It's Not Really a Corset
We see them everywhere, the pretty corset laces on the back of wedding, prom, and bridesmaids dresses. Not only do they look great, but as an added bonus you can pull those suckers so tight your waistline will magically shrink 5", just like you see on the movies, right? WRONG!!! We hate to burst your bubble, but the fact is that corset laces on dresses are not made to withstand the same kind of pressure that a real corset would. I cringe every time I see someone pulling on a corset laced dress like they are re-enacting a scene from Gone with the Wind; while in my head I am screaming "YOU ARE GOING TO BREAK IT!!!!"
What folks fail to realize is that it wasn't until 1828 that corsets started being engineered with metal eyelets. After those little marvels started being used, the the corset could withstand just about any amount of force you could muster, without running the risk of tearing the fabric. Corsets also became known as hidden killers because of the damage they could inflict on the human body by over-lacing, or "tight-lacing". Fun Fact: Did you know that men wore corsets too; albeit rarely?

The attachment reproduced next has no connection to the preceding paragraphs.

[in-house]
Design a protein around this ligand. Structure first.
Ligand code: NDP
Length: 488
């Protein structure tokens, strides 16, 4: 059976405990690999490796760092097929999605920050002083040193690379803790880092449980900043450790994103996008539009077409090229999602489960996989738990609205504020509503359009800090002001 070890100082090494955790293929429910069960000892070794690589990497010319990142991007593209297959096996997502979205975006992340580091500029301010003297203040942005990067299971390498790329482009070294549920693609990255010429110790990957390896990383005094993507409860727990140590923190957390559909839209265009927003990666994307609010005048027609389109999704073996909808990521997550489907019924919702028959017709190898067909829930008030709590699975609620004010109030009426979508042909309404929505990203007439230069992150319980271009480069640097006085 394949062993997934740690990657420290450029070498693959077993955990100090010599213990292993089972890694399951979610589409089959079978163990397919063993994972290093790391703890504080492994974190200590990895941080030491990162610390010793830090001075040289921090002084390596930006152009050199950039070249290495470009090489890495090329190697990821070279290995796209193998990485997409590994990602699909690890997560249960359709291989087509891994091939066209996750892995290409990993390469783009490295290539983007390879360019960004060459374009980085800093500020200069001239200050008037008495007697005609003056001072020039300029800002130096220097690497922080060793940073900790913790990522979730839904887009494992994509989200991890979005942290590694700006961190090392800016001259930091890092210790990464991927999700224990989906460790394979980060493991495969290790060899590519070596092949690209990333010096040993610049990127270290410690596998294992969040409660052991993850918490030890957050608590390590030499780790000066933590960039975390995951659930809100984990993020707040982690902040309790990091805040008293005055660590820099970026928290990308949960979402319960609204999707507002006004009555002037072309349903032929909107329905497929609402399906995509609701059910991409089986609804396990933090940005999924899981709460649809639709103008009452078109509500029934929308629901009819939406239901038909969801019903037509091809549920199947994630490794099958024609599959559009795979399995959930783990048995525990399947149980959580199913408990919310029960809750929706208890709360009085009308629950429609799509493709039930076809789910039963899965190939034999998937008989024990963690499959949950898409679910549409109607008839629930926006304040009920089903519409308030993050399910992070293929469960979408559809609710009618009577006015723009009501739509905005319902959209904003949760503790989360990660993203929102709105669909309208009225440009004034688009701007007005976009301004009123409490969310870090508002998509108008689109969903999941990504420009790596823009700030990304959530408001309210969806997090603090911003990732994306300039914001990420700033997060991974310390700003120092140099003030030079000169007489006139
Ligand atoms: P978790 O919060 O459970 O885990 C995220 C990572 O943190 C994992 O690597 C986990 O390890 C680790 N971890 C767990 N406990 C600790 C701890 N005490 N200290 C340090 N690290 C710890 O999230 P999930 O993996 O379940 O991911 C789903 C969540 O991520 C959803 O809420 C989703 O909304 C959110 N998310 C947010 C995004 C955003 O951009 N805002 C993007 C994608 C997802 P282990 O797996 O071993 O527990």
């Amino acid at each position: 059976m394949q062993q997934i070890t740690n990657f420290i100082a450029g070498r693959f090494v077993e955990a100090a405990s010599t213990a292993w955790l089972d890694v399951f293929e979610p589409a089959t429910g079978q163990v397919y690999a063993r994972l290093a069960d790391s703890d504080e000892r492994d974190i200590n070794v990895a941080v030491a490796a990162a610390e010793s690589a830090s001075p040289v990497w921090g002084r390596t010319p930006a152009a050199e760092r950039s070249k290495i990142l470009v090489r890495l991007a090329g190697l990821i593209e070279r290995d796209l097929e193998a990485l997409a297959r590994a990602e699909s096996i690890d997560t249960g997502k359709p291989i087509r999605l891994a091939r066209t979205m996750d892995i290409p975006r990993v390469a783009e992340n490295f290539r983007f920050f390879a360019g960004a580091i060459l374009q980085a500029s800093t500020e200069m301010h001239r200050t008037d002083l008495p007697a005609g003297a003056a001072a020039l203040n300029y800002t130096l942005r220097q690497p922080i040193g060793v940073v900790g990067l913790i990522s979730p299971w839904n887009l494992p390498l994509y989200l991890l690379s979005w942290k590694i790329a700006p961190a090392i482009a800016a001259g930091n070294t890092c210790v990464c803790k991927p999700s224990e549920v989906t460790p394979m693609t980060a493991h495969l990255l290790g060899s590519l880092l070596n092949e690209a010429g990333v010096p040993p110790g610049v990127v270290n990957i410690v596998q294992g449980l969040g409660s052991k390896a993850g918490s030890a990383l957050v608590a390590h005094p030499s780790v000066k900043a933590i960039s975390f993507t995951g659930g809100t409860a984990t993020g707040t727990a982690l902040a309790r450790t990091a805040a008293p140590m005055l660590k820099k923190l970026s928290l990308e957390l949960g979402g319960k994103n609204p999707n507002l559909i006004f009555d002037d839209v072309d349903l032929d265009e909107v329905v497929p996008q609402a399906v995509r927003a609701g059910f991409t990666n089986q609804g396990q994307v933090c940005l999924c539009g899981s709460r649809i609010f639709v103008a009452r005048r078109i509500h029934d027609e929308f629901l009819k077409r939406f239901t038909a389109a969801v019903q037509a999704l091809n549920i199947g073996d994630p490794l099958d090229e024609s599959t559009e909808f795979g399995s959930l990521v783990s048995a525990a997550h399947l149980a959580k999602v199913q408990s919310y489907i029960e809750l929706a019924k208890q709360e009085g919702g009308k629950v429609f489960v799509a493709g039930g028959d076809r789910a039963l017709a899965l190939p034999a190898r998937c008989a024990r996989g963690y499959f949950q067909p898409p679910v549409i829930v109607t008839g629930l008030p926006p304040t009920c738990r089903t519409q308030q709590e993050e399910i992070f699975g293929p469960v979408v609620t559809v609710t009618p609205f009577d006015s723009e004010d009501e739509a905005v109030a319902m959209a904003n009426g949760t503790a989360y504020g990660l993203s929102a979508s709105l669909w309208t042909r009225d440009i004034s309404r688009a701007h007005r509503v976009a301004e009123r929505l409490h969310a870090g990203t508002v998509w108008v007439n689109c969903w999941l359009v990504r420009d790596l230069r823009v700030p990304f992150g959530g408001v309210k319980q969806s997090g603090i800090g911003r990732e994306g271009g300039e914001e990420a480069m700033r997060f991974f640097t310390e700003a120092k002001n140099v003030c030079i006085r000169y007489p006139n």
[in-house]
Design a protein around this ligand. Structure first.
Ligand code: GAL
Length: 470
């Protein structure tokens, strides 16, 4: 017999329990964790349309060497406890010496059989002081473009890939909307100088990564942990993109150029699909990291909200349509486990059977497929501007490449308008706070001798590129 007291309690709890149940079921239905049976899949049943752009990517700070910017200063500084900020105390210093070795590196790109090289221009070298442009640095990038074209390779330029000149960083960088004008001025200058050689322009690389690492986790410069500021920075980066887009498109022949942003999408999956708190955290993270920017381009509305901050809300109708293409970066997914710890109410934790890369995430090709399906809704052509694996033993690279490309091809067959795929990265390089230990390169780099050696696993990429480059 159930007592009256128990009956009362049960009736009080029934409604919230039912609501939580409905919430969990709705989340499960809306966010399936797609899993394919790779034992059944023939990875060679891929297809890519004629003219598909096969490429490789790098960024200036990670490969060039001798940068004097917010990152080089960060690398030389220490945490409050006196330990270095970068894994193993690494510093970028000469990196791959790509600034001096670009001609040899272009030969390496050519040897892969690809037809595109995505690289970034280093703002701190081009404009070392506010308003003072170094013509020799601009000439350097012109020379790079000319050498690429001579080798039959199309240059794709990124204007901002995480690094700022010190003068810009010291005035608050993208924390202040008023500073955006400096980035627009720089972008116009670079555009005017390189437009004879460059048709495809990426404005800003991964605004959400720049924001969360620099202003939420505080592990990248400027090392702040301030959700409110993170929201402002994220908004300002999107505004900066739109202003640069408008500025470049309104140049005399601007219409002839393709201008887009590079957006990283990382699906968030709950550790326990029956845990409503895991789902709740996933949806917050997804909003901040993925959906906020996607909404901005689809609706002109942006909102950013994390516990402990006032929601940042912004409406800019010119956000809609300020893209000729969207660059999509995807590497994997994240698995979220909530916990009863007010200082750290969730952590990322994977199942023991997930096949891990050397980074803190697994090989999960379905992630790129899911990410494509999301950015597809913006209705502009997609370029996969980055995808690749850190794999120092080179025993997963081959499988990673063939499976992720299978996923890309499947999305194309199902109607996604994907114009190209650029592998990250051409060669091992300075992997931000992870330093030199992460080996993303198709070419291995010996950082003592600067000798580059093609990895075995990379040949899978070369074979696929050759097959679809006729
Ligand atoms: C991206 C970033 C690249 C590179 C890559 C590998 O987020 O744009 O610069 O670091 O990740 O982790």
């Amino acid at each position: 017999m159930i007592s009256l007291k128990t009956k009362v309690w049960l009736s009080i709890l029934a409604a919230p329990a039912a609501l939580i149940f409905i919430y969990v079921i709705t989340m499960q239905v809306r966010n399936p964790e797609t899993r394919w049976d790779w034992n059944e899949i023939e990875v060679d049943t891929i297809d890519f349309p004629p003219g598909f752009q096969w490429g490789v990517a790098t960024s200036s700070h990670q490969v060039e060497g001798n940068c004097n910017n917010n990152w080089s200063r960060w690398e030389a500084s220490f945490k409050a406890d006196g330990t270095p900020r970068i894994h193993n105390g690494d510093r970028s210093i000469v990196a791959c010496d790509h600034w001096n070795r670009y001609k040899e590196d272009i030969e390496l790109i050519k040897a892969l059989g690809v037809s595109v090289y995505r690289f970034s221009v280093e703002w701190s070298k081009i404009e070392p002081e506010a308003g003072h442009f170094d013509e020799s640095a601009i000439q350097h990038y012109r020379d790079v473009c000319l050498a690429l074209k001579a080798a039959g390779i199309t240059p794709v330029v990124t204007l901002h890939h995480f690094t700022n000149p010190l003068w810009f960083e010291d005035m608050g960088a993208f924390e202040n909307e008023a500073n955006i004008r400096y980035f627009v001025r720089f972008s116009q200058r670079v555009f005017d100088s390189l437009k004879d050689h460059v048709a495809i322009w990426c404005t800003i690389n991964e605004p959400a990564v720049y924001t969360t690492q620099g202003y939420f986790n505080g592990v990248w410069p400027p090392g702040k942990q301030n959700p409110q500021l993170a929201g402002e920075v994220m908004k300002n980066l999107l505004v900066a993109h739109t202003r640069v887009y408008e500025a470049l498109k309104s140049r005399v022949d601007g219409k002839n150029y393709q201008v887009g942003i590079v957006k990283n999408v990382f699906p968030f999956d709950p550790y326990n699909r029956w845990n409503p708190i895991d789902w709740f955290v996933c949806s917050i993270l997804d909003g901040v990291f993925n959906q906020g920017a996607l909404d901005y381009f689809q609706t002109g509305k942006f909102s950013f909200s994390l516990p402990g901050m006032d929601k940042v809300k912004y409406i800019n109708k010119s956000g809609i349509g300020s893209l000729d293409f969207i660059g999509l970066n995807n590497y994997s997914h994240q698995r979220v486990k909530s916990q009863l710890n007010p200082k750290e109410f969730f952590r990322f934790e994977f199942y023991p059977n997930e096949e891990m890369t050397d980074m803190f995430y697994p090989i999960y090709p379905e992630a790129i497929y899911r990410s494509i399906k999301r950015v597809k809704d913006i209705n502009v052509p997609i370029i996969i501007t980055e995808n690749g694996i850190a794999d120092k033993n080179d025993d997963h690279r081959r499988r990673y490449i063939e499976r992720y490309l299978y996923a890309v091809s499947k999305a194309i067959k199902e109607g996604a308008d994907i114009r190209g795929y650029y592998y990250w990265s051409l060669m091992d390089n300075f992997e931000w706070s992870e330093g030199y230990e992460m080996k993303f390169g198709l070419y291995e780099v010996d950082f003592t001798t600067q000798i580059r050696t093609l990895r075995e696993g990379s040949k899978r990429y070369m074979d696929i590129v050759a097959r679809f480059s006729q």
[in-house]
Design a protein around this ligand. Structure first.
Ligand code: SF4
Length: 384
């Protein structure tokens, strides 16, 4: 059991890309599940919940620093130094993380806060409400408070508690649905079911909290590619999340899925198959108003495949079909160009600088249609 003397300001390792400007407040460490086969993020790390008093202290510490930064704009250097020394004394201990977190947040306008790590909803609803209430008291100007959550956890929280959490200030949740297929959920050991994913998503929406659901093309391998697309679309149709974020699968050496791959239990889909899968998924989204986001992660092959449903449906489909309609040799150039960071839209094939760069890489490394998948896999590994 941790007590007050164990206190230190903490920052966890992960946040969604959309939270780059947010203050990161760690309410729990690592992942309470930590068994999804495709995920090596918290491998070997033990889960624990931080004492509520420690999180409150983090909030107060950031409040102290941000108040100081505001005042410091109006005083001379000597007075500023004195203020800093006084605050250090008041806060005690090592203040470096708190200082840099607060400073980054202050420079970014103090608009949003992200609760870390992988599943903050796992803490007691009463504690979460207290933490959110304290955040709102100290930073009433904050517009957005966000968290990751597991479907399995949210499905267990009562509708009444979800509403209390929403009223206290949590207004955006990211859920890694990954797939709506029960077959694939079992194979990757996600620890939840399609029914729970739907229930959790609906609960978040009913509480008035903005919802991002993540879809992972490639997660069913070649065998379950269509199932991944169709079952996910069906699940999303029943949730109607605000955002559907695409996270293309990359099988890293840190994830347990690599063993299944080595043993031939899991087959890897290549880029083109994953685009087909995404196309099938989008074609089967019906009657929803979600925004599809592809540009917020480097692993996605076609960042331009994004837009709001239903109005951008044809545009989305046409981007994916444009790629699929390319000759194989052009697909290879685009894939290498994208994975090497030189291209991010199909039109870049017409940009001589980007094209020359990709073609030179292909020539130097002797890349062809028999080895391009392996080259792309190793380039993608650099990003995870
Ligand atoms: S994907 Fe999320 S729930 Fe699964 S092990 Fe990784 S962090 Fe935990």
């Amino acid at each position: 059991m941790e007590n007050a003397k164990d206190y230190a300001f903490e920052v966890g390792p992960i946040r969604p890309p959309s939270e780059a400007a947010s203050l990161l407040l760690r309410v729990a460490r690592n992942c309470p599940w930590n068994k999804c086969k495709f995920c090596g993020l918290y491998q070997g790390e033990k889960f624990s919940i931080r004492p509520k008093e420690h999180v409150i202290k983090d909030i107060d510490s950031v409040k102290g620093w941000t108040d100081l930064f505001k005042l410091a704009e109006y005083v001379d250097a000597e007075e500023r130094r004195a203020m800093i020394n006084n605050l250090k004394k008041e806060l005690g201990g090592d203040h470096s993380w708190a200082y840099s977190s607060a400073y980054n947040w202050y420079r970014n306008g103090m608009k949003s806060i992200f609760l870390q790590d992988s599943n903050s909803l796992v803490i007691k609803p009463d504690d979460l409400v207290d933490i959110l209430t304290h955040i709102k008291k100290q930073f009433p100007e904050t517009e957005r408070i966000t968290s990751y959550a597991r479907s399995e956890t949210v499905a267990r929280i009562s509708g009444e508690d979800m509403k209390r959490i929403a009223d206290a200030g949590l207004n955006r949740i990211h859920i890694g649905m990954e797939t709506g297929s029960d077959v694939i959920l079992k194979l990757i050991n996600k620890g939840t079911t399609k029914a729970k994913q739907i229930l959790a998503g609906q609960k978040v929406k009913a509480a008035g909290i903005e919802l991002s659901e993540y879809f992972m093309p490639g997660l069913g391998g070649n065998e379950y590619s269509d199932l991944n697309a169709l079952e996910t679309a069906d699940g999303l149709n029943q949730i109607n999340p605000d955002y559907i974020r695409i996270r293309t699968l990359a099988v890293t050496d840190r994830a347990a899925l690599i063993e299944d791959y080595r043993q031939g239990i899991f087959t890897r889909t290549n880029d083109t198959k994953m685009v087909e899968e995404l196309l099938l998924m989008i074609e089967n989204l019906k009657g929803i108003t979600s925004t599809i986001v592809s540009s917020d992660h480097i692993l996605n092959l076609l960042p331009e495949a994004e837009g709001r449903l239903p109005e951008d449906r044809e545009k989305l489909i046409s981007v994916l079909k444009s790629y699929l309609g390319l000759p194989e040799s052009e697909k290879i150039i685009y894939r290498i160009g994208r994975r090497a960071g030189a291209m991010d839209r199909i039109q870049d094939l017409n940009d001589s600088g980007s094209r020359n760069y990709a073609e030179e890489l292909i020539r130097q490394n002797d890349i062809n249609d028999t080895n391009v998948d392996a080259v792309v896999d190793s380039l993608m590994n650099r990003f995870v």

Today, dresses with "corsets" are for aesthetic appeal; even more importantly they act as the closure in place of a zipper. While they will give you a certain amount of shaping please take care not to lace too tightly. Fabric and thread, especially delicate fabric and thread, will only withstand so much before eyelets start popping.
Real corsets with metal eyelets.
Notice the corsets being laced go UNDER the dress. It's not the dress itself that is being laced.
So, if it is an hourglass shape you are after, we highly recommend getting an additional body shaping undergarment, and not relying on your dress alone to achieve the look you want.